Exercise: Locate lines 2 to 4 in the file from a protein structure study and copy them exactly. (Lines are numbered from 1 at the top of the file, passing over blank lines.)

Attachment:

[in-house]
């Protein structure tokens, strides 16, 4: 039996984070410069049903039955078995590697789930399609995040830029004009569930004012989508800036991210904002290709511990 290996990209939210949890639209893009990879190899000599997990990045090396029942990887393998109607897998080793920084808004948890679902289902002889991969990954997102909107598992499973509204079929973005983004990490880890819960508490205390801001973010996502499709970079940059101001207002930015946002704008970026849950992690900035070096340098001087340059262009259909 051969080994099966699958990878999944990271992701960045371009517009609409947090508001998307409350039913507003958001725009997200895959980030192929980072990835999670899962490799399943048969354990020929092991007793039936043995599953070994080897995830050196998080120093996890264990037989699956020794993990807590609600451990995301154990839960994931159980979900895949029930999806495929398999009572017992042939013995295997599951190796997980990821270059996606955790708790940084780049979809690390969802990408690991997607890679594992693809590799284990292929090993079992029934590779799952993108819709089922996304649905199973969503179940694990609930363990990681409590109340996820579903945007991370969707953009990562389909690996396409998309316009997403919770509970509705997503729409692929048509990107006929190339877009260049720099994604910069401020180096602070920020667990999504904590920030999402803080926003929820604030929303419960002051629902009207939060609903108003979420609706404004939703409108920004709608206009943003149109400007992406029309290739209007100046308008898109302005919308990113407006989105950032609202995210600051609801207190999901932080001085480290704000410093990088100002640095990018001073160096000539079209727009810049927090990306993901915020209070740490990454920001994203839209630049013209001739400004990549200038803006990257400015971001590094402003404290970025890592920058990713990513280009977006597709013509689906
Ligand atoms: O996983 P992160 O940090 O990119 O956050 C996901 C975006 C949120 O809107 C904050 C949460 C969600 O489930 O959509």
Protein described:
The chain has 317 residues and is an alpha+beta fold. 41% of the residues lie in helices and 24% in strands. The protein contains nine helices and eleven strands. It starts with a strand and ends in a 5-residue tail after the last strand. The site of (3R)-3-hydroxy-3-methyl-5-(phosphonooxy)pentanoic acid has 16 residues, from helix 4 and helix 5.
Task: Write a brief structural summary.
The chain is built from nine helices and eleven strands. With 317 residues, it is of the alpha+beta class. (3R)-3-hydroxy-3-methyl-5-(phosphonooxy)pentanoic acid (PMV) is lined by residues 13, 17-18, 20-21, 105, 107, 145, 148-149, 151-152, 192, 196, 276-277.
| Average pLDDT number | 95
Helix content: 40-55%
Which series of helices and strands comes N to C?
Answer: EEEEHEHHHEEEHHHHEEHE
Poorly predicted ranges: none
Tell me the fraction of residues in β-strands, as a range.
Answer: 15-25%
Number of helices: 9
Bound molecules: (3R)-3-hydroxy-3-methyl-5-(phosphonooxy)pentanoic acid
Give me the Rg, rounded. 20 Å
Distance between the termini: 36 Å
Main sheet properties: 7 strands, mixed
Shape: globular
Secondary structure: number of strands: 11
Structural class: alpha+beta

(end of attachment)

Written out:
């Protein structure tokens, strides 16, 4: 039996984070410069049903039955078995590697789930399609995040830029004009569930004012989508800036991210904002290709511990 290996990209939210949890639209893009990879190899000599997990990045090396029942990887393998109607897998080793920084808004948890679902289902002889991969990954997102909107598992499973509204079929973005983004990490880890819960508490205390801001973010996502499709970079940059101001207002930015946002704008970026849950992690900035070096340098001087340059262009259909 051969080994099966699958990878999944990271992701960045371009517009609409947090508001998307409350039913507003958001725009997200895959980030192929980072990835999670899962490799399943048969354990020929092991007793039936043995599953070994080897995830050196998080120093996890264990037989699956020794993990807590609600451990995301154990839960994931159980979900895949029930999806495929398999009572017992042939013995295997599951190796997980990821270059996606955790708790940084780049979809690390969802990408690991997607890679594992693809590799284990292929090993079992029934590779799952993108819709089922996304649905199973969503179940694990609930363990990681409590109340996820579903945007991370969707953009990562389909690996396409998309316009997403919770509970509705997503729409692929048509990107006929190339877009260049720099994604910069401020180096602070920020667990999504904590920030999402803080926003929820604030929303419960002051629902009207939060609903108003979420609706404004939703409108920004709608206009943003149109400007992406029309290739209007100046308008898109302005919308990113407006989105950032609202995210600051609801207190999901932080001085480290704000410093990088100002640095990018001073160096000539079209727009810049927090990306993901915020209070740490990454920001994203839209630049013209001739400004990549200038803006990257400015971001590094402003404290970025890592920058990713990513280009977006597709013509689906
Ligand atoms: O996983 P992160 O940090 O990119 O956050 C996901 C975006 C949120 O809107 C904050 C949460 C969600 O489930 O959509």
Protein described: